Thanks in part to Global Entrepreneurship Week, an entrepreneurial ecosystem has started to take shape around the world, connecting people across borders to unleash their ideas and transform innovation into reality—in turn growing economies and expanding human welfare. To support the burgeoning initiative, the Kauffman Foundation brought together the host organizations from nearly 60 nations to create the first ever Global Entrepreneurship Congress in March 2009 at its headquarters in Kansas City.

It was just the beginning. One year later, the Congress convened in Dubai with GEW’s entrepreneurship champions from more than 90 countries, but it also had an all-star lineup of speakers including then Prime Minister H. E. Nika Gilauri of Georgia and a number of accomplished entrepreneurs and CEOs. The profile of the Congress began to grow and countries began to compete over the right to host the event.

Shanghai was keen to show the world that it too was building a thriving entrepreneurial ecosystem, and in March 2011 it hosted the third Global Entrepreneurship Congress. GEW hosts from 100 countries were joined by more than 1,000 participants from across China for the extravagant opening session of the Congress. The importance of the event was evident through the participation of a number of Chinese government officials, led by Yan Junqi, vice chairwoman of the standing committee of the National People’s Congress of China, as well as Wan Gang, the country’s Minister for Science and Technology and a number of other government representatives from the federal and local levels. Perhaps a bit more surprising was the presence of a number of China’s wealthier entrepreneurs and angel investors who had been leading the way toward new economic growth. At the end of the opening session, Jonathan Ortmans, chair of the GEC, announced that Liverpool was selected to be the host city for 2012—and the evolution continued.

Richard Branson, famous for his Virgin brand empire, inspired delegates from 120 countries among a crowd of thousands. Along with other British titans of industry, Branson answered questions and shared insights based on years of experience. But as bright as the star power was in Liverpool, perhaps a more important shift began to occur—the international delegates were no longer populated solely by GEW hosts. The Congress began to attract diverse delegations from government ministries, university researchers, the media and more.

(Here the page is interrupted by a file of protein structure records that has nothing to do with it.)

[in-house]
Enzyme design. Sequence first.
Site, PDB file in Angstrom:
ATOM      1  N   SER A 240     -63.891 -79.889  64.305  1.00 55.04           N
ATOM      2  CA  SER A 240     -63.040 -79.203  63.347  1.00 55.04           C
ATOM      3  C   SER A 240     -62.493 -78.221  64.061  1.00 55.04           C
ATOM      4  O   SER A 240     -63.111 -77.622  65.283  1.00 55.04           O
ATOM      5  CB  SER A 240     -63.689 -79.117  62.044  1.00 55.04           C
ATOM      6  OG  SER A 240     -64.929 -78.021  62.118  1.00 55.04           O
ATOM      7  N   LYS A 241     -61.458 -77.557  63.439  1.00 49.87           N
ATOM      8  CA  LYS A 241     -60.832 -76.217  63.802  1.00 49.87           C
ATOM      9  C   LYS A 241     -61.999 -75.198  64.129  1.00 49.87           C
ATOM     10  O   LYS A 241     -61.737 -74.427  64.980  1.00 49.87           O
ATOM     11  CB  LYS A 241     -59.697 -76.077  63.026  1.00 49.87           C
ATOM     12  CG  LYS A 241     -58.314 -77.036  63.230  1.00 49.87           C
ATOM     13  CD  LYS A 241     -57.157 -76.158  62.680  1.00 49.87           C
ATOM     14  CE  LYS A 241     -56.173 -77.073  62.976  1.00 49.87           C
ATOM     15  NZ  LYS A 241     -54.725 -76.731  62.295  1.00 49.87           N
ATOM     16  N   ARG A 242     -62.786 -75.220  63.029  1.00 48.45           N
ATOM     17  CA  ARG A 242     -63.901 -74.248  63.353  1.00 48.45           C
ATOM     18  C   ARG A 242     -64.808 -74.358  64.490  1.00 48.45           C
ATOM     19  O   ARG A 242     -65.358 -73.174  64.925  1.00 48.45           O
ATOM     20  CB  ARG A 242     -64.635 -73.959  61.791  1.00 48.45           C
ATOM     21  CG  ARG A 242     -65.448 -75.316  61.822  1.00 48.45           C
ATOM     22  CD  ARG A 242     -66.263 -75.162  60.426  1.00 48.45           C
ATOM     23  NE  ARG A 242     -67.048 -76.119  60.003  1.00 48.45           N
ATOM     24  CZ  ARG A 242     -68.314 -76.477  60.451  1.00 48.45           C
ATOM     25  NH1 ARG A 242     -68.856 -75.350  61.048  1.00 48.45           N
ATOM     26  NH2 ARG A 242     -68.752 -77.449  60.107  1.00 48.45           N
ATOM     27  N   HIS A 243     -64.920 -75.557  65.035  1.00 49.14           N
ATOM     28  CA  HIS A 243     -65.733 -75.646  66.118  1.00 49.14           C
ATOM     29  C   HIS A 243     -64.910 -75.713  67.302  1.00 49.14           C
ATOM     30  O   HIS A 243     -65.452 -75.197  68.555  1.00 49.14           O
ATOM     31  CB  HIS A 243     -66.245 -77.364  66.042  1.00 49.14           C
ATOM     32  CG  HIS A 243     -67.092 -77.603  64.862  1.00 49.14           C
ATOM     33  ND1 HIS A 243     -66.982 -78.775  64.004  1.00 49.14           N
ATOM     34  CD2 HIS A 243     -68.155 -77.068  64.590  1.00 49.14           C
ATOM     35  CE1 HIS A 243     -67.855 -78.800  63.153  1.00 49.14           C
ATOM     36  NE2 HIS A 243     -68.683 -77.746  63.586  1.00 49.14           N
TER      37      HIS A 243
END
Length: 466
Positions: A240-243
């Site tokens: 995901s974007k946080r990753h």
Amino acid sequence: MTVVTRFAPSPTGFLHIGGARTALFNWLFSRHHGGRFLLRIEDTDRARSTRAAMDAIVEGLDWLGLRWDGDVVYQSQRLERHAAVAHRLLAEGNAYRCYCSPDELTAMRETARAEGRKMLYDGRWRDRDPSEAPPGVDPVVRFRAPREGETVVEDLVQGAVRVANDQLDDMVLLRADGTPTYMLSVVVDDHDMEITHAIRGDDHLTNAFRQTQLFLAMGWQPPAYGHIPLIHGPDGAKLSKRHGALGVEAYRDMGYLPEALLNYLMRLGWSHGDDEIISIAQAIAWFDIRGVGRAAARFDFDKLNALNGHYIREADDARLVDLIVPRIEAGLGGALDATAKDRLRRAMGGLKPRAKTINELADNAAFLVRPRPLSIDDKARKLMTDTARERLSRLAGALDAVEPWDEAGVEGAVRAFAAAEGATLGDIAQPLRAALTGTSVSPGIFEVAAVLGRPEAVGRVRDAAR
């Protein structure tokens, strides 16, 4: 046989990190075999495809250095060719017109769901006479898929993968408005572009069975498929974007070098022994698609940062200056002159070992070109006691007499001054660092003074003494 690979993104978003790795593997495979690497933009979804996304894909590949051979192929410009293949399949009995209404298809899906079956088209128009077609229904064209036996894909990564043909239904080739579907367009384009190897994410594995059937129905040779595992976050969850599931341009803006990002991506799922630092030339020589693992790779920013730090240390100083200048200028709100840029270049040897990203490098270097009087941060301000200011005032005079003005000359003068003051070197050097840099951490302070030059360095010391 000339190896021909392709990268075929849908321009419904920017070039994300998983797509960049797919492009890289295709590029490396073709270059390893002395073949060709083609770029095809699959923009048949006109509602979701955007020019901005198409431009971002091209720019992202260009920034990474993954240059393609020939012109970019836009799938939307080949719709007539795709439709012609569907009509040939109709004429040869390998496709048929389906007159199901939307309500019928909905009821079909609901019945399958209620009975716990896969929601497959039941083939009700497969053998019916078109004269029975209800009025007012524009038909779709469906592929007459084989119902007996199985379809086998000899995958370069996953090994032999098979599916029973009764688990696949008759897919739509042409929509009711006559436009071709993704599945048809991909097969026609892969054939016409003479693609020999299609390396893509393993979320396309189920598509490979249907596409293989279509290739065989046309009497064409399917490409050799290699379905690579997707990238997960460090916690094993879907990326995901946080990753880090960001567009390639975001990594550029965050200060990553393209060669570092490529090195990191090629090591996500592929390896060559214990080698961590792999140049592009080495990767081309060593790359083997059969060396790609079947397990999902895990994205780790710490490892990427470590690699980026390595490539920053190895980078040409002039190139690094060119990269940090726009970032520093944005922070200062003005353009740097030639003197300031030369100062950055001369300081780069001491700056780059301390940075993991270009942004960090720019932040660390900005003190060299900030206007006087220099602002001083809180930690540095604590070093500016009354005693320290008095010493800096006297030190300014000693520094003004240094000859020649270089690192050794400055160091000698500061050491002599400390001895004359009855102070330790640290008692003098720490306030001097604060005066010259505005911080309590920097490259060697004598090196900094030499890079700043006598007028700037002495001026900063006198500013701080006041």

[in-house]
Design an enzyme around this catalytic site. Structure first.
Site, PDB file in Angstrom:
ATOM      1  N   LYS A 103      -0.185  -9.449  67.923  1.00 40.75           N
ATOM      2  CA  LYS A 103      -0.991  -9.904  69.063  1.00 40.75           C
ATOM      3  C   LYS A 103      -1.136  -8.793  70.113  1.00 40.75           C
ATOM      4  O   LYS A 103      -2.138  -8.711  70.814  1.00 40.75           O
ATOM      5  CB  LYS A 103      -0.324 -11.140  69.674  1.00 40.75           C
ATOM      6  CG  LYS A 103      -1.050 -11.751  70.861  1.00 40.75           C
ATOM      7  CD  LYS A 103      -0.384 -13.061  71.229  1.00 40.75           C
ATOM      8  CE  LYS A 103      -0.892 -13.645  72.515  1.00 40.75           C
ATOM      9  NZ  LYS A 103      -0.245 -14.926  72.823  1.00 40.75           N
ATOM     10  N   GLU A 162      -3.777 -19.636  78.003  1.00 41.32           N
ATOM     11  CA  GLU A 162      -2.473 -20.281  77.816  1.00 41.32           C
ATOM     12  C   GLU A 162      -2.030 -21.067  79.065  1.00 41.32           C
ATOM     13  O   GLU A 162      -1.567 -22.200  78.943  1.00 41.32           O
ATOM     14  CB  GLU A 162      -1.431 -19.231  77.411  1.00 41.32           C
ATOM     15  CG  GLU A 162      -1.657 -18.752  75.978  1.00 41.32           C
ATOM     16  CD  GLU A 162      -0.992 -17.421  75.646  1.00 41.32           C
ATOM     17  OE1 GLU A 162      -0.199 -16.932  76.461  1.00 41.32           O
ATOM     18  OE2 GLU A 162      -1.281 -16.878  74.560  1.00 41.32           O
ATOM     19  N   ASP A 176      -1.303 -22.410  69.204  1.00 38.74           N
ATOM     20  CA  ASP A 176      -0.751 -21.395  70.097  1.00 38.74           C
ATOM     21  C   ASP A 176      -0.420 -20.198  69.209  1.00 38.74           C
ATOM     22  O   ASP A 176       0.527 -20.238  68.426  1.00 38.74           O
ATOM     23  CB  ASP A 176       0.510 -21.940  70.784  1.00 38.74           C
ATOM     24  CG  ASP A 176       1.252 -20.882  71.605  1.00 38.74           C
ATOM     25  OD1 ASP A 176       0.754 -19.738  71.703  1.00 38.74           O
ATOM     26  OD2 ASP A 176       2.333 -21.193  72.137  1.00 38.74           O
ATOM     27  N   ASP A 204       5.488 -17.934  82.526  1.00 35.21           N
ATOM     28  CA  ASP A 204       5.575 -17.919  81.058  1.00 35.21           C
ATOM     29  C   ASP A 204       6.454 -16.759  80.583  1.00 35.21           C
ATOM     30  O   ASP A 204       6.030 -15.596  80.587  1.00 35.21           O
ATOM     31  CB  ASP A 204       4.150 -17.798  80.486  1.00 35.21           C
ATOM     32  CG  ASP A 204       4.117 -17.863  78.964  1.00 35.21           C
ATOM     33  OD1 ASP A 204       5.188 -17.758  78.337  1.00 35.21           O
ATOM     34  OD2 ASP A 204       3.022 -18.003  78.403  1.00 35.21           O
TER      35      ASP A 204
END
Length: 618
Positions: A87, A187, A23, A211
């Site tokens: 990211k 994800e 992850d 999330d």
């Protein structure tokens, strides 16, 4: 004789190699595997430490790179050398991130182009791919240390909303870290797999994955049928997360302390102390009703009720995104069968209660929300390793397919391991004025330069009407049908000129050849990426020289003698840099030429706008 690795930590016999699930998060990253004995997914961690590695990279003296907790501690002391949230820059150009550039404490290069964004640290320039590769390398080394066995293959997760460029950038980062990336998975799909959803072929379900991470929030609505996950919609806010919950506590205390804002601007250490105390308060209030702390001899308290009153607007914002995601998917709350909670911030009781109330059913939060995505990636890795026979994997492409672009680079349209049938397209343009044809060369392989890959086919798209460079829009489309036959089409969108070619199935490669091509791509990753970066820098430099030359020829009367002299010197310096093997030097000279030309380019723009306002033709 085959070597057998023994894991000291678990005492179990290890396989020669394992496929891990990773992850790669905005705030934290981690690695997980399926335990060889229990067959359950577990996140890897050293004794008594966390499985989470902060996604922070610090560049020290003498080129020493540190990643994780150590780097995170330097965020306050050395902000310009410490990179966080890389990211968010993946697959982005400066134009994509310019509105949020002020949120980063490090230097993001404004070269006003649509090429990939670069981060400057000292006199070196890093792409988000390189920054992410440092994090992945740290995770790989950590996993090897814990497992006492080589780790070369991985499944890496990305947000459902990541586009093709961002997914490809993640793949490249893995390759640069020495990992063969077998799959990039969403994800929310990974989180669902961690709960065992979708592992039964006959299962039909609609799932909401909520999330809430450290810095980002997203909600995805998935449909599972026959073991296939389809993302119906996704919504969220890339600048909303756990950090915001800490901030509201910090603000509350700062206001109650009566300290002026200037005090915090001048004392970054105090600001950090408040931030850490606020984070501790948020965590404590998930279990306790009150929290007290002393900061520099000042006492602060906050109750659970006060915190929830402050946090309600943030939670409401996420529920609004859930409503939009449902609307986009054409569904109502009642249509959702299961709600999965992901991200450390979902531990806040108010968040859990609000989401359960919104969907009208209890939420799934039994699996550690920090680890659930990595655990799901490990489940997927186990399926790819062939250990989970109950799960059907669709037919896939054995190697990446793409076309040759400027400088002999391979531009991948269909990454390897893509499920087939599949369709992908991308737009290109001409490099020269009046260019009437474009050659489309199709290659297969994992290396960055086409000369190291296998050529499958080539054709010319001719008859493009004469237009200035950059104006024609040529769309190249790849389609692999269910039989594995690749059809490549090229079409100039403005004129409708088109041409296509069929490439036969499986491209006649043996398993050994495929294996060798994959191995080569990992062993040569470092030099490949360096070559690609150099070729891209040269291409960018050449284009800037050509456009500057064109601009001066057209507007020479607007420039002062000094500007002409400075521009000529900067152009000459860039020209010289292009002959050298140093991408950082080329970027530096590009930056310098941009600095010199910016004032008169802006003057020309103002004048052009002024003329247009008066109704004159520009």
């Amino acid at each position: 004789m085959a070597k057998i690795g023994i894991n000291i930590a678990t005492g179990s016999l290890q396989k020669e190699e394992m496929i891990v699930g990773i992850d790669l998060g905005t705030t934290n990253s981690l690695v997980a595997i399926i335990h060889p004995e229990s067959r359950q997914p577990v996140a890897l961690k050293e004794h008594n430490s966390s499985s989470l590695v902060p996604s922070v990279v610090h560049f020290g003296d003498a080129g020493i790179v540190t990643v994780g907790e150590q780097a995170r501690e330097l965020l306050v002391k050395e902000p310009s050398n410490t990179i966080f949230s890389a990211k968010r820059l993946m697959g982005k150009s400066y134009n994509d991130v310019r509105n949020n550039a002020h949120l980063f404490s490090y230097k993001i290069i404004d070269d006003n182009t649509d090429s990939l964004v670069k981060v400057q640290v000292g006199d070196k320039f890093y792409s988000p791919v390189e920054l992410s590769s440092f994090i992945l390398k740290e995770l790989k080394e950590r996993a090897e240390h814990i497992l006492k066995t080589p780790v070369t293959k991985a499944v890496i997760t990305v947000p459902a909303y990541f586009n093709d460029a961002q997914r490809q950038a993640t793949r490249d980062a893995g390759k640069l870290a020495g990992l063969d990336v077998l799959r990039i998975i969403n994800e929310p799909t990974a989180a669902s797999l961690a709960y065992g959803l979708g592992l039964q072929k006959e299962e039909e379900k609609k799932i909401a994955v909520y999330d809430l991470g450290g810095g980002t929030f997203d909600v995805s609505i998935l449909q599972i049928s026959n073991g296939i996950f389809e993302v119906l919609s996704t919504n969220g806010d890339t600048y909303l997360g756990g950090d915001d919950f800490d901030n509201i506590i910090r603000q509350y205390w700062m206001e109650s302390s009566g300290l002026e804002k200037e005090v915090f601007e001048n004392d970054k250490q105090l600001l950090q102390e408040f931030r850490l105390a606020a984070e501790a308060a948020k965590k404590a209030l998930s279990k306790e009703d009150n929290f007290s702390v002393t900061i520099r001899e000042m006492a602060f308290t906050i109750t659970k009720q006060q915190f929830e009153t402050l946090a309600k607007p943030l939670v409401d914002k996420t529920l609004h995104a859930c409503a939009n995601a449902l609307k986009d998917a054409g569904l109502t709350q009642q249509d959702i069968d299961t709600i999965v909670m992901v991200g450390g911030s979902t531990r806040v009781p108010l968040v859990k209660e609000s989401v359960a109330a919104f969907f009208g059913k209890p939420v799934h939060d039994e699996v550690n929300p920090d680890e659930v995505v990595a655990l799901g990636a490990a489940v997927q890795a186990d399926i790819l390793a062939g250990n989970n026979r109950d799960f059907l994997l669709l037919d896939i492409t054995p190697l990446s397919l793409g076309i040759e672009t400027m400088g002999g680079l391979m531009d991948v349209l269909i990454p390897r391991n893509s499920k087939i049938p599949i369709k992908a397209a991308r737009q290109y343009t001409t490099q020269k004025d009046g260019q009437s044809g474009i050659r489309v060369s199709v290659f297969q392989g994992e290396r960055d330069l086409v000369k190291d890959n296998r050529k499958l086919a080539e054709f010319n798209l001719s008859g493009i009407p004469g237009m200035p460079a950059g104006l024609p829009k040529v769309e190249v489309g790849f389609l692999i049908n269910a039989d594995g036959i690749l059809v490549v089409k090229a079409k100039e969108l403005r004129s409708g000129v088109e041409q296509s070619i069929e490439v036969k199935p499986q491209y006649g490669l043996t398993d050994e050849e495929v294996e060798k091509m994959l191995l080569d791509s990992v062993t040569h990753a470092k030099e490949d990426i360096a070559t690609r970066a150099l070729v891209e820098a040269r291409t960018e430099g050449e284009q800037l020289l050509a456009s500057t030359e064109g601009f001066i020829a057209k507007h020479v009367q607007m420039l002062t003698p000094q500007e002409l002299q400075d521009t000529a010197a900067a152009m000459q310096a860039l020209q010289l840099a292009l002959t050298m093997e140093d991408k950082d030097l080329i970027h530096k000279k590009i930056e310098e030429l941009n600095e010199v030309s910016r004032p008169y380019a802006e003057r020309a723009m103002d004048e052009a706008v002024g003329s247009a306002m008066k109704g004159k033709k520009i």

Rio de Janeiro played host to the 2013 Global Entrepreneurship Congress. 115+ countries gathered to discuss high-impact entrepreneurship and innovation. Over the conference’s four days, Delegates had the opportunity to hear from global policy and entrepreneurship experts. During the week there were over 70 events spread throughout Rio bringing together thought leaders in entrepreneurship including Brad Feld, co-founder of TechStars, Linda Rottenberg of Endeavor, and Jeff Hoffman, co-founder of New programs were introduced, including World StartUp Cup, The Ice House, Idea Challenge, and World Startup Report.

Moscow hosted the 2014 GEC with over 150 countries represented. The event was awarded Best Business Event of 2014 from the Moscow Times.

Fashion capital of Italy, Milan hosted the 2015 GEC. This year's event also saw the launch of the Global Entrepreneurship Network.

Revisit the 2015 Congress here.

The 2016 Global Entrepreneurship Congress took place in the City of Eternal Spring -- Medellín, Colombia -- where the weather is warm and spring-like year round, and the city's entrepreneurial spirit is alive and flourishing. More than 160 countries participated in the Congress, and nearly 6,800 people registered for the event. Government leaaders from around the world gathered for the second GEC Ministerial as well, to share best practices and learn from other entrepreneurial ecosystems.